The Promise and Problems of Pricing Carbon: Theory and Experience
Because of the global commons nature of climate change, international cooperation among nations will likely be necessary for meaningful action at the global level. At the same time, it will inevitably be up to the actions of sovereign nations to put in place policies that bring about meaningful reductions in the emissions of greenhouse gases. Due to the ubiquity and diversity of emissions of greenhouse gases in most economies, as well as the variation in abatement costs among individual sources, conventional environmental policy approaches, such as uniform technology and performance standards, are unlikely to be sufficient to the task. Therefore, attention has increasingly turned to market-based instruments in the form of carbon-pricing mechanisms. We examine the opportunities and challenges associated with the major options for carbon pricing: carbon taxes, cap-and-trade, emission reduction credits, clean energy standards, and fossil fuel subsidy reductions.
|Date of creation:||2011|
|Date of revision:|
|Publication status:||Published in HKS Faculty Research Working Paper Series|
|Contact details of provider:|| Postal: |
Web page: http://www.hks.harvard.edu/
More information through EDIRC
References listed on IDEAS
Please report citation or reference errors to , or , if you are the registered author of the cited work, log in to your RePEc Author Service profile, click on "citations" and make appropriate adjustments.:
- Lawrence H. Goulder & Ian W. H. Parry, 2008.
"Instrument Choice in Environmental Policy,"
Review of Environmental Economics and Policy,
Association of Environmental and Resource Economists, vol. 2(2), pages 152-174, Summer.
- Annegrete Bruvoll & Bodil Merethe Larsen, 2002.
"Greenhouse gas emissions in Norway Do carbon taxes work?,"
337, Research Department of Statistics Norway.
- Bruvoll, Annegrete & Larsen, Bodil Merethe, 2004. "Greenhouse gas emissions in Norway: do carbon taxes work?," Energy Policy, Elsevier, vol. 32(4), pages 493-505, March.
- Stavins, Robert, 2001.
"Experience with Market-Based Environmental Policy Instruments,"
dp-01-58, Resources For the Future.
- Stavins, Robert N., 2003. "Experience with market-based environmental policy instruments," Handbook of Environmental Economics, in: K. G. Mäler & J. R. Vincent (ed.), Handbook of Environmental Economics, edition 1, volume 1, chapter 9, pages 355-435 Elsevier.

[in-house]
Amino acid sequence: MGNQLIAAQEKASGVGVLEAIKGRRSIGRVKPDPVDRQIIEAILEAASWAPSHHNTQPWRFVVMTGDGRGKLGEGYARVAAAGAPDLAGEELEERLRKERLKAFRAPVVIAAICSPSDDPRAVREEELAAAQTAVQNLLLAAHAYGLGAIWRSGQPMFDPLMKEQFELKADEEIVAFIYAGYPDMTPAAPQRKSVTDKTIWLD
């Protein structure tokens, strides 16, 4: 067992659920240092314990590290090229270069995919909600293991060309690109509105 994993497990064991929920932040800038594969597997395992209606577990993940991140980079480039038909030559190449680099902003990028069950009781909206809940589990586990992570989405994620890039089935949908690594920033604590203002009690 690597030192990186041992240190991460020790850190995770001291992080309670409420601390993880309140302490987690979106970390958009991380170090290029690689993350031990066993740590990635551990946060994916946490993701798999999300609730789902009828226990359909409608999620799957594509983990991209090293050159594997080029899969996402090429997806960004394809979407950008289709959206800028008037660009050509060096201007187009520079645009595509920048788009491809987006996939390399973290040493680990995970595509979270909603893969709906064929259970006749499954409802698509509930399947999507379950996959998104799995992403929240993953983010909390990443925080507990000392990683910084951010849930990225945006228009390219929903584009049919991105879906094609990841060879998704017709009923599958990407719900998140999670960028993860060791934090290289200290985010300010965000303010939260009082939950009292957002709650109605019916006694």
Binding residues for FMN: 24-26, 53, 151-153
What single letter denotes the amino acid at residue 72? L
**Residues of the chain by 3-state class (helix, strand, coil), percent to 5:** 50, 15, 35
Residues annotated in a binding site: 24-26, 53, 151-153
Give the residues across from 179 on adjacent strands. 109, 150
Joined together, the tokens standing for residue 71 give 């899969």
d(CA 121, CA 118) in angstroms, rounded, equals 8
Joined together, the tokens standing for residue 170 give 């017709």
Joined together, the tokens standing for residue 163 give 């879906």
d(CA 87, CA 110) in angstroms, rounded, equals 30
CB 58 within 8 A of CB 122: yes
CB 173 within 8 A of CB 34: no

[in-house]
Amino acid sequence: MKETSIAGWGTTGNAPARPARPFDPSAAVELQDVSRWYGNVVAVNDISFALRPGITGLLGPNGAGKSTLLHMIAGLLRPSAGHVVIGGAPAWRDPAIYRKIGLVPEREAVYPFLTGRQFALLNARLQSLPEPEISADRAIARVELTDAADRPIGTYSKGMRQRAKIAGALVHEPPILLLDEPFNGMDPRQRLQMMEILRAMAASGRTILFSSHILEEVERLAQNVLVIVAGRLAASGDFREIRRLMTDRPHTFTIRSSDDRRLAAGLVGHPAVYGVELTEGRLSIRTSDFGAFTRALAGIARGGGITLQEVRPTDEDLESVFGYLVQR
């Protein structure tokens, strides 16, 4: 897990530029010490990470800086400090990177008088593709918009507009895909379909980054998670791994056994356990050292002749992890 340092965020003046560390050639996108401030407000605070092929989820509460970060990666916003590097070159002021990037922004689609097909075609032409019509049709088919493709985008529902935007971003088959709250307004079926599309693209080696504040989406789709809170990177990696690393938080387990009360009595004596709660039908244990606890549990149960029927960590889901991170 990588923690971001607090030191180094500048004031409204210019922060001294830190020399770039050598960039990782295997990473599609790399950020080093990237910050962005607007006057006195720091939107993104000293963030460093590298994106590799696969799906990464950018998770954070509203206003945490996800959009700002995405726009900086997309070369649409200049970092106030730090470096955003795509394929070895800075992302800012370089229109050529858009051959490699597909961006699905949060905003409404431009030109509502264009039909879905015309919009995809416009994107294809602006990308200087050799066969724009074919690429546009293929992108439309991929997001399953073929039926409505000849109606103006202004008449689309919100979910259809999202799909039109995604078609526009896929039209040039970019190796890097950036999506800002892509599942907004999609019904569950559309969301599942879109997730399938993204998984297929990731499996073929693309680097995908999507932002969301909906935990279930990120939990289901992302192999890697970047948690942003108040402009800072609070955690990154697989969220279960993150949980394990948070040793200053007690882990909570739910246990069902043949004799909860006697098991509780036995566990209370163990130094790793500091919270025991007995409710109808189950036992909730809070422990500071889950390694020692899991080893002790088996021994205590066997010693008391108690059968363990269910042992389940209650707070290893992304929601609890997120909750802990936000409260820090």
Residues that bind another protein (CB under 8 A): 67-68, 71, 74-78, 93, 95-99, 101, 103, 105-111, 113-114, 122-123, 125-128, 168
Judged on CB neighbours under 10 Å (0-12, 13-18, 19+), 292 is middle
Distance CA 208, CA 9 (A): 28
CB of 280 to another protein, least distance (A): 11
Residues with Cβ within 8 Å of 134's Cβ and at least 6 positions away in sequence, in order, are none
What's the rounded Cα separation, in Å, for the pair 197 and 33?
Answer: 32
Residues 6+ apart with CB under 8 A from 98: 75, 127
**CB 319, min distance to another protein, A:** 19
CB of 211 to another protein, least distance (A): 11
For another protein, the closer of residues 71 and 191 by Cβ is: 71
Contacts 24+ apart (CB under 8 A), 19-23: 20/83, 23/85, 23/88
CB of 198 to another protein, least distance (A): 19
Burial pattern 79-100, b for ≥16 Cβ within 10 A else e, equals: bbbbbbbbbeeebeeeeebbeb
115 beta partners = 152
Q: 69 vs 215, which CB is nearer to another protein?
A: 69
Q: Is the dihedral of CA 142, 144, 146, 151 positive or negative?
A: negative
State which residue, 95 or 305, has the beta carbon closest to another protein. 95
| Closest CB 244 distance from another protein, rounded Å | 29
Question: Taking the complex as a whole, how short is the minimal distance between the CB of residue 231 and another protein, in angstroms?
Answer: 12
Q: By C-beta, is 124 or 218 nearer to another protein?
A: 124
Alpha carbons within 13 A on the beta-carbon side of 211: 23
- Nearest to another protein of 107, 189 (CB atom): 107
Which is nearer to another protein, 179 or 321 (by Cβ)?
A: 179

- Stavins, Robert, 2000. "Experience with Market-Based Environmental Policy Instruments," Working Paper Series rwp00-004, Harvard University, John F. Kennedy School of Government.
- Connor, Jeff & Schwabe, Kurt & King, Darran & Kaczan, David & Kirby, Mac, 2009.
"Impacts of climate change on lower Murray irrigation,"
Australian Journal of Agricultural and Resource Economics,
Australian Agricultural and Resource Economics Society, vol. 53(3), September.
- Jeff Connor & Kurt Schwabe & Darran King & David Kaczan & Mac Kirby, 2009. "Impacts of climate change on lower Murray irrigation ," Australian Journal of Agricultural and Resource Economics, Australian Agricultural and Resource Economics Society, vol. 53(3), pages 437-456, 07.
- Isaac, Morna & van Vuuren, Detlef P., 2009. "Modeling global residential sector energy demand for heating and air conditioning in the context of climate change," Energy Policy, Elsevier, vol. 37(2), pages 507-521, February.
- repec:cbo:report:41451 is not listed on IDEAS
- Stavins Robert N., 1995. "Transaction Costs and Tradeable Permits," Journal of Environmental Economics and Management, Elsevier, vol. 29(2), pages 133-148, September.
- Stavins, Robert, 2007. "A U.S. Cap-and-Trade System to Address Global Climate Change," Working Paper Series rwp07-052, Harvard University, John F. Kennedy School of Government.
When requesting a correction, please mention this item's handle: RePEc:hrv:hksfac:5347069. See general information about how to correct material in RePEc.
For technical questions regarding this item, or to correct its authors, title, abstract, bibliographic or download information, contact: (Ben Steinberg)
If you have authored this item and are not yet registered with RePEc, we encourage you to do it here. This allows to link your profile to this item. It also allows you to accept potential citations to this item that we are uncertain about.
If references are entirely missing, you can add them using this form.
If the full references list an item that is present in RePEc, but the system did not link to it, you can help with this form.
If you know of missing items citing this one, you can help us creating those links by adding the relevant references in the same way as above, for each refering item. If you are a registered author of this item, you may also want to check the "citations" tab in your profile, as there may be some citations waiting for confirmation.
Please note that corrections may take a couple of weeks to filter through the various RePEc services.